It would be an incredible premise even for an entirely fictional show. A society matron with a passion for opera begins giving concerts in the ballroom at the New York Ritz-Carlton hotel where she lives. The concerts catch on, with more and more people turning up until finally, by popular demand, after three decades, the 76-year-old diva makes her debut at Carnegie Hall. There’s only one thing more—this legendary soprano, Florence Foster Jenkins—she can’t sing a note. She has no vocal talent whatsoever, and constantly slides off pitch. The primary reason people come to her concerts is to laugh at her. Beginning this week, Stephen Temperley’s Souvenir brings the amazing story of the real-life figure Florence Foster Jenkins to the Ensemble Theatre Company in a production directed by Michael Evan Haney and starring Neva Rae Powers as Jenkins and Edwin Cahill as her accompanist Cosmé McMoon.
The director and his cast have produced the show to general acclaim in several other cities, including Vienna, where they gave this opera lover’s bouquet of laughs its European premiere. I asked Haney how the author had managed to create a show out of this extraordinary piece of music history. He said that Souvenir is “a love story, because it describes the process through which the accompanist, McMoon, comes first to respect and then to love, care for, and protect Jenkins from the people who surround her so that they can laugh at her.” Jenkins, who died just a month after her Carnegie Hall concert, never let on that she knew what was going on, insisting that the hysterical laughter with which her attempts were greeted was the equivalent of teenagers swooning at a Frank Sinatra concert.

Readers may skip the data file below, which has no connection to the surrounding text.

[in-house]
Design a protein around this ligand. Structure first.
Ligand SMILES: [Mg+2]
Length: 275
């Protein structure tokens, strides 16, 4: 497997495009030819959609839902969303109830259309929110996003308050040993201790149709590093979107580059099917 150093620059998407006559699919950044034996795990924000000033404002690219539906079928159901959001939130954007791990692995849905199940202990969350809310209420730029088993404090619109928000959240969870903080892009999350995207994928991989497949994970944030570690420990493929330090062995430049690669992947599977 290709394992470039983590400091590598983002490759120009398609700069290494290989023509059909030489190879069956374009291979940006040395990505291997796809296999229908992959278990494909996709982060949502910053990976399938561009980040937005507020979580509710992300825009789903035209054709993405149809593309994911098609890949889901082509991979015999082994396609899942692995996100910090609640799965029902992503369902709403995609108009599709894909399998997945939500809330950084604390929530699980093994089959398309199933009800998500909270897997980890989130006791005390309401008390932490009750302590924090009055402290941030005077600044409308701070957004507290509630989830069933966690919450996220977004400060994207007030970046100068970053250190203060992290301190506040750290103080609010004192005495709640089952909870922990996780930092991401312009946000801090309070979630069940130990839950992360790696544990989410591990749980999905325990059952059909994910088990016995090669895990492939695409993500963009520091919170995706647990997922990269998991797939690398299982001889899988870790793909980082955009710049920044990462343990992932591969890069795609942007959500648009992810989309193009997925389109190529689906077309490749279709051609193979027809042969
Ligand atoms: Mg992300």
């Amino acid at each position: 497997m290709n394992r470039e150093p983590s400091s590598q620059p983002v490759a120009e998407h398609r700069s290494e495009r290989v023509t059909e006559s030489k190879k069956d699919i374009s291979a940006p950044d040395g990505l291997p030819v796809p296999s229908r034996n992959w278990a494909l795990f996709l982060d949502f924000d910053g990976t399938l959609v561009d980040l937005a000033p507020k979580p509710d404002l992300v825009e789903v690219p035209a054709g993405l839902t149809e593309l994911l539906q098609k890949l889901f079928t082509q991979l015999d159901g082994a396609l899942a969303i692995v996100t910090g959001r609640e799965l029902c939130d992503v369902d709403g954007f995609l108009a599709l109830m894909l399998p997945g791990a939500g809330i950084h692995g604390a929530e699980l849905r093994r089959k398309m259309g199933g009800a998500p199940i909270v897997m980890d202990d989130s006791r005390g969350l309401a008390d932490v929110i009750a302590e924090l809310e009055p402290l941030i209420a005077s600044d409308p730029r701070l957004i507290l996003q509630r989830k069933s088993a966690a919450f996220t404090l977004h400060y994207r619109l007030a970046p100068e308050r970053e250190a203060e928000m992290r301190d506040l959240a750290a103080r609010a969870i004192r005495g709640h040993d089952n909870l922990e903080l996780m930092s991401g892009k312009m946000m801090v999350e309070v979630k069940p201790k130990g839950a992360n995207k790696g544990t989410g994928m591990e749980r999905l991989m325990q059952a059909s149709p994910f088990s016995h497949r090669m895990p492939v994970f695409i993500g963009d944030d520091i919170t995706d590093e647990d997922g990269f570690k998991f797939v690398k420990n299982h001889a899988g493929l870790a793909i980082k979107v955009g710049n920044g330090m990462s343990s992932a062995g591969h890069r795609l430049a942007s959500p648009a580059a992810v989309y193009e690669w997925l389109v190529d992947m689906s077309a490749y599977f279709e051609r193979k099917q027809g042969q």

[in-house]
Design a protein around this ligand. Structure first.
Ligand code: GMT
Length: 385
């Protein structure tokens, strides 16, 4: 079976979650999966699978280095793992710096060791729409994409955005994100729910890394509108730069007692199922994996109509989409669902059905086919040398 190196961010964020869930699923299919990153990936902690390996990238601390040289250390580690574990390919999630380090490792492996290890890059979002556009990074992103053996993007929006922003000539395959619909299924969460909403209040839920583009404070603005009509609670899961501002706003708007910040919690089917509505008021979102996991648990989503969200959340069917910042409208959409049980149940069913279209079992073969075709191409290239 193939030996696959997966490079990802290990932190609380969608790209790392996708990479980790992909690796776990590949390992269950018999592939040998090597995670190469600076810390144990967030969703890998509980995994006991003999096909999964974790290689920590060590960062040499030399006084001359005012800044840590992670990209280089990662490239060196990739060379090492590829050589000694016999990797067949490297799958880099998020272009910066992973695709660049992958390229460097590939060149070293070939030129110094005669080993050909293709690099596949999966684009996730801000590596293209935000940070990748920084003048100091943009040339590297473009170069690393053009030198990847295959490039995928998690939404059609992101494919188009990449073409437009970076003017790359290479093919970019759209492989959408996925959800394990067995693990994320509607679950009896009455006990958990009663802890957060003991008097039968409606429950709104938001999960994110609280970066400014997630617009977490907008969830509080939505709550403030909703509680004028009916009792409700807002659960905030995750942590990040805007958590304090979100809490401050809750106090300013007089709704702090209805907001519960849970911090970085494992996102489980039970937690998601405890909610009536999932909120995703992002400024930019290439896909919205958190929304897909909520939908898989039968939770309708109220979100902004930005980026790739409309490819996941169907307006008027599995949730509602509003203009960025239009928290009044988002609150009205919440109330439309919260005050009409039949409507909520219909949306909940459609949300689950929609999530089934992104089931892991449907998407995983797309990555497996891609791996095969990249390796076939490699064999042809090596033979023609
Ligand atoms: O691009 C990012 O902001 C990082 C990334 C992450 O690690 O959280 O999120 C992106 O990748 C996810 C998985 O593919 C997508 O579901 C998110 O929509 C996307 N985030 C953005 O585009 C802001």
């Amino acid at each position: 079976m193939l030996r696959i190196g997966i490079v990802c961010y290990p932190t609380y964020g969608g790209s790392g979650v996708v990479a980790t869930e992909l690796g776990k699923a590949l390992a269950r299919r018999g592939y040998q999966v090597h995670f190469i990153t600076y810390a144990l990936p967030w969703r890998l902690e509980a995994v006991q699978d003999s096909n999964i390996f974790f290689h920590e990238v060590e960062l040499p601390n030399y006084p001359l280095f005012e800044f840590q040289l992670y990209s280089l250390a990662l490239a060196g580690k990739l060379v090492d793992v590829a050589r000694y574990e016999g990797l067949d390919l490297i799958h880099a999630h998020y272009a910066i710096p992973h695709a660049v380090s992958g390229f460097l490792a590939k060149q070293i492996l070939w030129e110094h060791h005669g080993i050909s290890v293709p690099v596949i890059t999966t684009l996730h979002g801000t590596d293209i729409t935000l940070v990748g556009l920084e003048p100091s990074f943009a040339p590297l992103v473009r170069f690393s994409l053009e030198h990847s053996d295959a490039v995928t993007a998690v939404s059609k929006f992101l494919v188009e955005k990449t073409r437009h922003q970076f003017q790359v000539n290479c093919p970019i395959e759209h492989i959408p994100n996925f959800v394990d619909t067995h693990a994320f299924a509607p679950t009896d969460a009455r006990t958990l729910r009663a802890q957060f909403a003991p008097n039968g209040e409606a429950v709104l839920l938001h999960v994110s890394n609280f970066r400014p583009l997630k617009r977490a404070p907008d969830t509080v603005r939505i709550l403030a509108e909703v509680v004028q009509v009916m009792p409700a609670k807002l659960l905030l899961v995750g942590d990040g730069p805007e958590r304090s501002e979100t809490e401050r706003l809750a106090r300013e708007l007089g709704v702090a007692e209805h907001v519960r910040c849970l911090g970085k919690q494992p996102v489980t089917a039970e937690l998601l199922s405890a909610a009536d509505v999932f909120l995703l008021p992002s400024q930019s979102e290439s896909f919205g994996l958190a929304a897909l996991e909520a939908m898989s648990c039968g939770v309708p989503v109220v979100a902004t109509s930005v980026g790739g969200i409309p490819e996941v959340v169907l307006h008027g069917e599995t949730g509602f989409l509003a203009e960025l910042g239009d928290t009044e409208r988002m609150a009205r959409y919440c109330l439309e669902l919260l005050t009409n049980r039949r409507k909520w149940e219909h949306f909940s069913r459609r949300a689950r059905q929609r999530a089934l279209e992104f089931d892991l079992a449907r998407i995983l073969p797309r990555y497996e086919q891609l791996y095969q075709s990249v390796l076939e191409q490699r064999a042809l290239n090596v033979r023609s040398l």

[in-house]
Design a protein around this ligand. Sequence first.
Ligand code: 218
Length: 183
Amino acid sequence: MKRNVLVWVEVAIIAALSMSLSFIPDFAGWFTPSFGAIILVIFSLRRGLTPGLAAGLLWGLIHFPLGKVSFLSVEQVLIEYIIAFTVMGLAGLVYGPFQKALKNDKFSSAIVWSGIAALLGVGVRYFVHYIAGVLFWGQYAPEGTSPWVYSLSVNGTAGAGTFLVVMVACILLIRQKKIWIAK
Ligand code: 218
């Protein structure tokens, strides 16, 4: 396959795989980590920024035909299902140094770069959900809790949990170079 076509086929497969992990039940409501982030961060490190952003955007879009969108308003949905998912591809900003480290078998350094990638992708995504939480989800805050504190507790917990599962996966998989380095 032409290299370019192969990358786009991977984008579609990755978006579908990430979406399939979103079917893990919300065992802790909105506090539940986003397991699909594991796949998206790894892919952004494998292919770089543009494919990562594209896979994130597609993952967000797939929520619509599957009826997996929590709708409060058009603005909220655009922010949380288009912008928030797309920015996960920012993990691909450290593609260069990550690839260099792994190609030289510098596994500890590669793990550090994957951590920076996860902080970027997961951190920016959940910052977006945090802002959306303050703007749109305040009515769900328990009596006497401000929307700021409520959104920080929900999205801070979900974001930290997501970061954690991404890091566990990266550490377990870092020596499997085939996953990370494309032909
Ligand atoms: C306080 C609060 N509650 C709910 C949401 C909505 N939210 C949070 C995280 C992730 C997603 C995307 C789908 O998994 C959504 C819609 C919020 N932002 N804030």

How was this possible? I asked Haney, who insisted that the odd form of acceptance that Jenkins achieved stemmed from her purity of spirit. “She didn’t need the money, and she didn’t promote herself to the laughing audience by doing interviews,” Haney said. “There was a purity to her spirit, which is what made her so endearing.” For Powers—a classically trained singer who has sung successfully, and to no unintentional comic effect whatsoever, at places like the Chamber Opera of Vienna and the Salzburg Festival—Jenkins is a challenge of a very different sort. As Haney said, “one of the hardest things you can do as a singer is to sing off key on purpose. It’s just unnatural. The body rebels against it.”
But apparently not the spirit, as Jenkins wins over her accompanist and the audience in an ending that Haney assures is very powerful. The Carnegie Hall concert is in there, as are several songs done in a more conventional idiom by Cahill. Although “you can know nothing about opera at all,” according to Haney, “and still enjoy it, for the opera buffs, it’s a feast.” Jenkins lived her life hearing beautiful music—even if it was only inside her head.
Souvenir opens Thursday, February 4, and continues Tuesday-Saturday at 8 p.m. and Sundays at 2 and 7 p.m. until February 28 (with no show Sun., Feb. 7, at 7pm) at Ensemble’s Alhecama Theatre (914 Santa Barbara St.). For tickets and information, call 965-5400 or visit ensembletheatre.com.